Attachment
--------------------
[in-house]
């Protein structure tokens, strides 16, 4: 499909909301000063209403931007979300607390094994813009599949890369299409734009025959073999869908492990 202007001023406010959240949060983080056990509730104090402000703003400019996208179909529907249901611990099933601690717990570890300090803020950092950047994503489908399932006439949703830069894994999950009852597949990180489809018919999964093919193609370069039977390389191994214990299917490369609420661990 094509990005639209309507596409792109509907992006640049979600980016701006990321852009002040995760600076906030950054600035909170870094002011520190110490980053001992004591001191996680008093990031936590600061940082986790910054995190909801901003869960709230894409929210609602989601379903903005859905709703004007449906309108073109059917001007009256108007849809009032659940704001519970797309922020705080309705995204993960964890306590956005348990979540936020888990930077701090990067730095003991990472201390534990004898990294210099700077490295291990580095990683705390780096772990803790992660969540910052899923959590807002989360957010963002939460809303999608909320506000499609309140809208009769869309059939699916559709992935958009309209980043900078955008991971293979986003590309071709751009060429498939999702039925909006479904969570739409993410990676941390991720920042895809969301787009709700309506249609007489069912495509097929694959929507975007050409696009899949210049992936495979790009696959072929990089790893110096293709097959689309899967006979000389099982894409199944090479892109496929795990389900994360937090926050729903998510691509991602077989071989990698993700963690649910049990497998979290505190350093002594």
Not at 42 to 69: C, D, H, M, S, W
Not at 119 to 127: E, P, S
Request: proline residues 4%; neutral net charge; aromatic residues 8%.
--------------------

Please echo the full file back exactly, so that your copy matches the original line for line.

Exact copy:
[in-house]
């Protein structure tokens, strides 16, 4: 499909909301000063209403931007979300607390094994813009599949890369299409734009025959073999869908492990 202007001023406010959240949060983080056990509730104090402000703003400019996208179909529907249901611990099933601690717990570890300090803020950092950047994503489908399932006439949703830069894994999950009852597949990180489809018919999964093919193609370069039977390389191994214990299917490369609420661990 094509990005639209309507596409792109509907992006640049979600980016701006990321852009002040995760600076906030950054600035909170870094002011520190110490980053001992004591001191996680008093990031936590600061940082986790910054995190909801901003869960709230894409929210609602989601379903903005859905709703004007449906309108073109059917001007009256108007849809009032659940704001519970797309922020705080309705995204993960964890306590956005348990979540936020888990930077701090990067730095003991990472201390534990004898990294210099700077490295291990580095990683705390780096772990803790992660969540910052899923959590807002989360957010963002939460809303999608909320506000499609309140809208009769869309059939699916559709992935958009309209980043900078955008991971293979986003590309071709751009060429498939999702039925909006479904969570739409993410990676941390991720920042895809969301787009709700309506249609007489069912495509097929694959929507975007050409696009899949210049992936495979790009696959072929990089790893110096293709097959689309899967006979000389099982894409199944090479892109496929795990389900994360937090926050729903998510691509991602077989071989990698993700963690649910049990497998979290505190350093002594």
Not at 42 to 69: C, D, H, M, S, W
Not at 119 to 127: E, P, S
Request: proline residues 4%; neutral net charge; aromatic residues 8%.